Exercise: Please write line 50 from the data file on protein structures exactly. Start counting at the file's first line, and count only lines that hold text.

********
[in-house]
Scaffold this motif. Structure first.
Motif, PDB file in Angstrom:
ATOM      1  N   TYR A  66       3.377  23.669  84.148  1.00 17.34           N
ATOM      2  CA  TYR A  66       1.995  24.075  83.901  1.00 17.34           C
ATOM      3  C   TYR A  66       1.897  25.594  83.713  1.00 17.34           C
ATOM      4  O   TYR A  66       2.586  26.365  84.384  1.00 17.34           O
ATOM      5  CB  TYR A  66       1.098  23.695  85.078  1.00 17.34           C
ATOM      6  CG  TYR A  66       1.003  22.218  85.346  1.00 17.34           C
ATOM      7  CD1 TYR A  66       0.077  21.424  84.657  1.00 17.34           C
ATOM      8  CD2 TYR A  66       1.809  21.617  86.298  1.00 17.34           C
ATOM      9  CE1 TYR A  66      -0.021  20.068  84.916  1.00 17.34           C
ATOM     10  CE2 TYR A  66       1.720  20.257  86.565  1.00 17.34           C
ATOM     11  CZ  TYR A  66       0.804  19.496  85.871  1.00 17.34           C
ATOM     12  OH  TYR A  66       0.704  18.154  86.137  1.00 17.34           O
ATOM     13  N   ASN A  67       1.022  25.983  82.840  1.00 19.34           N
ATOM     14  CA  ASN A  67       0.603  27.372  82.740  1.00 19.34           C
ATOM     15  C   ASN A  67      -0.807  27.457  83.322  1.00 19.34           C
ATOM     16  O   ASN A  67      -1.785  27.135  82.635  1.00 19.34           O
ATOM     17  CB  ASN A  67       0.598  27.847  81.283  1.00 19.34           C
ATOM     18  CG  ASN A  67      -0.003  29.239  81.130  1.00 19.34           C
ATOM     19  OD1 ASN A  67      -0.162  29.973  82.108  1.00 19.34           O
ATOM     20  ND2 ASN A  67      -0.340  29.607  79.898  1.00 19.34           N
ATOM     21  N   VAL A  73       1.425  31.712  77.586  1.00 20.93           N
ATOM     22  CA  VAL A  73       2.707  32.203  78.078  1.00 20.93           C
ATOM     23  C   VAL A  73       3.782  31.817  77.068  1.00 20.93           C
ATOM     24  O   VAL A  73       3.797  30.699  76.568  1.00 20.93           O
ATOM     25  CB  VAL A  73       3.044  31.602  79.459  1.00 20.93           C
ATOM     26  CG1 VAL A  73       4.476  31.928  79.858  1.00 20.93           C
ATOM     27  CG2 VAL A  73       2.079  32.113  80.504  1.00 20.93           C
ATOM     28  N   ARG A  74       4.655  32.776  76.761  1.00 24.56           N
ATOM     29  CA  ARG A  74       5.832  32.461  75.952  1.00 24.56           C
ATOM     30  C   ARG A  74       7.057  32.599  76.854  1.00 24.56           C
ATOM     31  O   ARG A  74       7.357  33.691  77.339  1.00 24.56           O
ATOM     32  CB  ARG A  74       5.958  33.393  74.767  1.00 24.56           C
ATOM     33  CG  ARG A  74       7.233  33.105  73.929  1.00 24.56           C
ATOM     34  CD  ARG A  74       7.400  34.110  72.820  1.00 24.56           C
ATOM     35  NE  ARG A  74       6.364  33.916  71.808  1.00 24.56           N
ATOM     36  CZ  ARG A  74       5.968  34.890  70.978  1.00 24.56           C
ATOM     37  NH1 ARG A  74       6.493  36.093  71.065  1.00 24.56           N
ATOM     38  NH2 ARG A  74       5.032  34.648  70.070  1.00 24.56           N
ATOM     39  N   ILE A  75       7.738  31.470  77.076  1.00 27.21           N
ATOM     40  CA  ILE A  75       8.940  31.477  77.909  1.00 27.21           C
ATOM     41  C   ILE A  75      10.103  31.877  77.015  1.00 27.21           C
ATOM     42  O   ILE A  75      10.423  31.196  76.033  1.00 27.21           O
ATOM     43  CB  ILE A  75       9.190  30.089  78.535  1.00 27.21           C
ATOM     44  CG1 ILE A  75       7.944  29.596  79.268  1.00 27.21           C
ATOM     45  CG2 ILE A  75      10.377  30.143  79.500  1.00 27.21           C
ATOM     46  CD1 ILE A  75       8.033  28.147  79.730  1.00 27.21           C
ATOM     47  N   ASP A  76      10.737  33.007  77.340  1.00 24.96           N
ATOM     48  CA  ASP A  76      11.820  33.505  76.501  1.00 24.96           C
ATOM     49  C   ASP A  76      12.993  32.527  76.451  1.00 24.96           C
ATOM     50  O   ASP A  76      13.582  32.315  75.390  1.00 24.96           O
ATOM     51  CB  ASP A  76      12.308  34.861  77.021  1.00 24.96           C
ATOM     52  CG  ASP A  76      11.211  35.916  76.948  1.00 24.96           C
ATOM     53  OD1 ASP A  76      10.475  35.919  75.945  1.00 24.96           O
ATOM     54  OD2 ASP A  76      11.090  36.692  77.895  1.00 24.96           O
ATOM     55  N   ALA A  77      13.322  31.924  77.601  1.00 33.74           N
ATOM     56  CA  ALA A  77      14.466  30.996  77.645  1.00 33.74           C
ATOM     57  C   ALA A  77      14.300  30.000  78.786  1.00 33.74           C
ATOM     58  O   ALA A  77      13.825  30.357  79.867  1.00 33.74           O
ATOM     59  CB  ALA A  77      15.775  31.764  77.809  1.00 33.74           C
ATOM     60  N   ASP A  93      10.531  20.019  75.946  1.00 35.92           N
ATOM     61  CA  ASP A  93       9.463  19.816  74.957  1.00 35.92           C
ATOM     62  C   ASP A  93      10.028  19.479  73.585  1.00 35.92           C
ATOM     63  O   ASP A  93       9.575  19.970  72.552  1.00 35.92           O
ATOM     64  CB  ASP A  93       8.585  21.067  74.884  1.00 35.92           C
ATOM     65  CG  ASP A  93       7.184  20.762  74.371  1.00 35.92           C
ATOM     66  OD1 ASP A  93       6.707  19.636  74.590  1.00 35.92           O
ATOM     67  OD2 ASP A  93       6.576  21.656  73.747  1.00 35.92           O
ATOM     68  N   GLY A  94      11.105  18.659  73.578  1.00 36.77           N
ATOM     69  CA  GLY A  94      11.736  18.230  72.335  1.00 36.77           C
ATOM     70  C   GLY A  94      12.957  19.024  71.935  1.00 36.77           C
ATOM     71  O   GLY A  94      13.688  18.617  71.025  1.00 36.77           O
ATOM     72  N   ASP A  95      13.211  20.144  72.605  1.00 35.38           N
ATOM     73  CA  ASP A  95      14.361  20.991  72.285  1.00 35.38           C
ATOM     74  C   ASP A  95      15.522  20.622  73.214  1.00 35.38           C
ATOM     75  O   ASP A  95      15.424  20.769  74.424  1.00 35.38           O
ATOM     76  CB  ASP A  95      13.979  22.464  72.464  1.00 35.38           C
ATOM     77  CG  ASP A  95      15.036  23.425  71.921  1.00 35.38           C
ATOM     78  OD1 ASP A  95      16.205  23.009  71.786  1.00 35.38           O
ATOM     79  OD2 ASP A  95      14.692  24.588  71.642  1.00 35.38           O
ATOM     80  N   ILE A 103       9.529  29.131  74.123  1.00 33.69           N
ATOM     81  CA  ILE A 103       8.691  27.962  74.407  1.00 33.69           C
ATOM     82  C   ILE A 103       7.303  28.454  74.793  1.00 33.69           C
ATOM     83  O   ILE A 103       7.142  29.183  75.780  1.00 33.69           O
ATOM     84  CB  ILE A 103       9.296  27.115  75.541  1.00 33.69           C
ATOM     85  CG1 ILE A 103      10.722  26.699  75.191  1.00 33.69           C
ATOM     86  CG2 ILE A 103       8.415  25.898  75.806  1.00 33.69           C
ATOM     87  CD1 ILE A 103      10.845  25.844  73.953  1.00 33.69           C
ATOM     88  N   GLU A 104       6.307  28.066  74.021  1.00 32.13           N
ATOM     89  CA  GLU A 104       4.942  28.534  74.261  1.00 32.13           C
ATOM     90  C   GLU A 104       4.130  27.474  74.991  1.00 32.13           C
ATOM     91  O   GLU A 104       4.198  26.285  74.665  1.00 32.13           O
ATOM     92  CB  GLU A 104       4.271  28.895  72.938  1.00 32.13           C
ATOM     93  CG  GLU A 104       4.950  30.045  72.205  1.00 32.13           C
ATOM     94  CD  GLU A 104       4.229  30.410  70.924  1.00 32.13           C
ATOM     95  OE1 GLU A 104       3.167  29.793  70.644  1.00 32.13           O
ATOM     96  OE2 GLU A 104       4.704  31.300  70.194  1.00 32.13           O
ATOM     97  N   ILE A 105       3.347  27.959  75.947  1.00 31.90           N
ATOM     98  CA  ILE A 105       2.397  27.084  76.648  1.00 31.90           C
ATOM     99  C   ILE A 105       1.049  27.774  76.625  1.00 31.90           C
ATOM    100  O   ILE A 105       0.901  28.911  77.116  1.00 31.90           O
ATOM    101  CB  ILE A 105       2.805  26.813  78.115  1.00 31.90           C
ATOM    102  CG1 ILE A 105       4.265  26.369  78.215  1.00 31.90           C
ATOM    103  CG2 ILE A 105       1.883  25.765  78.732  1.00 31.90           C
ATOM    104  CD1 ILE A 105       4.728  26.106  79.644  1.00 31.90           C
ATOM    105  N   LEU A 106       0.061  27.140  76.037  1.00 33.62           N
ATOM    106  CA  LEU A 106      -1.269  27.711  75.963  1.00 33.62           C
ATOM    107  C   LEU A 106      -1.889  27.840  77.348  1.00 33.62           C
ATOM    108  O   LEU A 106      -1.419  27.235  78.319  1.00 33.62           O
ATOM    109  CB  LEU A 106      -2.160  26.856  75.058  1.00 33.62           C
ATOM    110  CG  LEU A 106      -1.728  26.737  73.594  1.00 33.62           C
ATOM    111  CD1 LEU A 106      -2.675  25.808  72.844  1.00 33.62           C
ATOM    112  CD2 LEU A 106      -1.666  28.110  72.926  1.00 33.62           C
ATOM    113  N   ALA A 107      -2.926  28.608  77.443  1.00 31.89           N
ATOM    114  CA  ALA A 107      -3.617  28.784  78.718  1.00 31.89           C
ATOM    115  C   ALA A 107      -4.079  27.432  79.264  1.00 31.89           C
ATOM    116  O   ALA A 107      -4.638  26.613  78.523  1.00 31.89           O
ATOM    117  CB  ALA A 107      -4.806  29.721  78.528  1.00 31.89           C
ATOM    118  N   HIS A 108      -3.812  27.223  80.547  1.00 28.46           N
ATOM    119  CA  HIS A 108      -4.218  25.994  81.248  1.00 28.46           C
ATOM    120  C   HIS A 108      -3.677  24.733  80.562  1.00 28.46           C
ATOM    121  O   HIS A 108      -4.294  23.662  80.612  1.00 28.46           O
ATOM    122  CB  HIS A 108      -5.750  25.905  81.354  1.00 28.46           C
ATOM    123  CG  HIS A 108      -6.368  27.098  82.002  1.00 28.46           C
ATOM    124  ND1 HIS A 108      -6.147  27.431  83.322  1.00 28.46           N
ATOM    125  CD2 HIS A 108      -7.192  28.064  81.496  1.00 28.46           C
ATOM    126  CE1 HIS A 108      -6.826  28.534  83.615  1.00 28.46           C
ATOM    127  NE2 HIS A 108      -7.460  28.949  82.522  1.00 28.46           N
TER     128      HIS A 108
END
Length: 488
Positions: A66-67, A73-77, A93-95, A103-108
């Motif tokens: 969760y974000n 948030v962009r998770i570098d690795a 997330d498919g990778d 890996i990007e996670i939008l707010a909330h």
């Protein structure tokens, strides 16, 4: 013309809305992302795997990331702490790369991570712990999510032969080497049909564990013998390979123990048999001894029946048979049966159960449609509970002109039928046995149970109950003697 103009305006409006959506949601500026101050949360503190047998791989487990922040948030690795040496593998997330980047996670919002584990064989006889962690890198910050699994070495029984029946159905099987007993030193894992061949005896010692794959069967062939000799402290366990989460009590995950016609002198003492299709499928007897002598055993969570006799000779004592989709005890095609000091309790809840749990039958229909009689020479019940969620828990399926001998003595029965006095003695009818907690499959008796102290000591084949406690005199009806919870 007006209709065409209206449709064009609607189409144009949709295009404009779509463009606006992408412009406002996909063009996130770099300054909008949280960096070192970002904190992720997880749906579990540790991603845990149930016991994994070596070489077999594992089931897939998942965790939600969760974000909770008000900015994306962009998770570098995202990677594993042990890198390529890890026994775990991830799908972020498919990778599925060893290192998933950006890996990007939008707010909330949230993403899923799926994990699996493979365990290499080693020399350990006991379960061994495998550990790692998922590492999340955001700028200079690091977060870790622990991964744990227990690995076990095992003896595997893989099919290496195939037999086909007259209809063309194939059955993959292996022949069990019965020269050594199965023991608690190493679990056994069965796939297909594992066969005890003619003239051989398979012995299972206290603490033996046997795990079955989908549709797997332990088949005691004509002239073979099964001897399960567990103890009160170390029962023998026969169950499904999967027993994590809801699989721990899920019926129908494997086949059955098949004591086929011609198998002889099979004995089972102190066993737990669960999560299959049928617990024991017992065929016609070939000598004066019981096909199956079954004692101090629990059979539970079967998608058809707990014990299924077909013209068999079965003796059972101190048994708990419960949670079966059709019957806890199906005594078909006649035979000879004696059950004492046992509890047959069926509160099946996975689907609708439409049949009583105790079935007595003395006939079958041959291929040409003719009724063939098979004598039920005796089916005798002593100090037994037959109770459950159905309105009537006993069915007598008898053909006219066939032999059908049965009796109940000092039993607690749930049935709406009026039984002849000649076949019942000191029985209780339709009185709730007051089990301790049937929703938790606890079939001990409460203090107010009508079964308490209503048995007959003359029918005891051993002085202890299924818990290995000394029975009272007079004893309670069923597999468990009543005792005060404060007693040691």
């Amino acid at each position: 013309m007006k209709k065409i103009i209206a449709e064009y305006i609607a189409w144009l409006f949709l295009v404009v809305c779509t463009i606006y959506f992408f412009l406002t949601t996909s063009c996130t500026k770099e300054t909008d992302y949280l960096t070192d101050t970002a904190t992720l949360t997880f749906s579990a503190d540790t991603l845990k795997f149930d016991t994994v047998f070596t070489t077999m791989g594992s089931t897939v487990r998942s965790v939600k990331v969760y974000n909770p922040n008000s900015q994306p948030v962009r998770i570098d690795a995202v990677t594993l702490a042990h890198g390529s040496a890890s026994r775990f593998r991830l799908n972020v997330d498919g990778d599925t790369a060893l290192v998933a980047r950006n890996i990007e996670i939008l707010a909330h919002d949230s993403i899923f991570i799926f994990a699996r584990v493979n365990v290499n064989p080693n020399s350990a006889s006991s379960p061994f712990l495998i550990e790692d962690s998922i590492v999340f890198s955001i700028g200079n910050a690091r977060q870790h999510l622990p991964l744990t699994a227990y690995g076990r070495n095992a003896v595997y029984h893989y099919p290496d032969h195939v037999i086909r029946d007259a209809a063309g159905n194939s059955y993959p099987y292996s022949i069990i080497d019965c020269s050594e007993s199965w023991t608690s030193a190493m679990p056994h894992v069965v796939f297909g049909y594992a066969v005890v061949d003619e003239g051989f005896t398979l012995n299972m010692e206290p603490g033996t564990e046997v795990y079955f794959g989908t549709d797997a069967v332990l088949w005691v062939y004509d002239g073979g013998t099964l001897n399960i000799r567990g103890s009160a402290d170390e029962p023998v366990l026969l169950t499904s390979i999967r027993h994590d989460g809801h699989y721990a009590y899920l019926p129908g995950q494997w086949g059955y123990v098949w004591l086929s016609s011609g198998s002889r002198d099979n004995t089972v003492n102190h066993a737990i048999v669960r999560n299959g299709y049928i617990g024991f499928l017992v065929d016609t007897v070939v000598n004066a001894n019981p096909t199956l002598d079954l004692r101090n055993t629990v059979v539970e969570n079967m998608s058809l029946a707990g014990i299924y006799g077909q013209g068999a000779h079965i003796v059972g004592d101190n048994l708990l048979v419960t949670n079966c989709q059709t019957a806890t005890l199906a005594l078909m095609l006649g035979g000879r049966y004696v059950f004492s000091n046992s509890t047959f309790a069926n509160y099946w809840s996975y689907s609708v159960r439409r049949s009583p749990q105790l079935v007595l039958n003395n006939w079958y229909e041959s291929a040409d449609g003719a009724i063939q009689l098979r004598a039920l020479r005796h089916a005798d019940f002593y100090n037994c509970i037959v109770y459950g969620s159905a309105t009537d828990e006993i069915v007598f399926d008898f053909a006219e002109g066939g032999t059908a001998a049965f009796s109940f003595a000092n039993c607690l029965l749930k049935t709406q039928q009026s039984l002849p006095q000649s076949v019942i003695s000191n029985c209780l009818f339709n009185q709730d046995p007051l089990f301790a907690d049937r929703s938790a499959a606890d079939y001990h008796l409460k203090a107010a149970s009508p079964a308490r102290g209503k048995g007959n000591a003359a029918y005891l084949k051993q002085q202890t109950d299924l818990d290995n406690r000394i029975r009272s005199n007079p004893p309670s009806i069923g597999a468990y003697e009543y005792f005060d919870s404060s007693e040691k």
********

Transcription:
ATOM     47  N   ASP A  76      10.737  33.007  77.340  1.00 24.96           N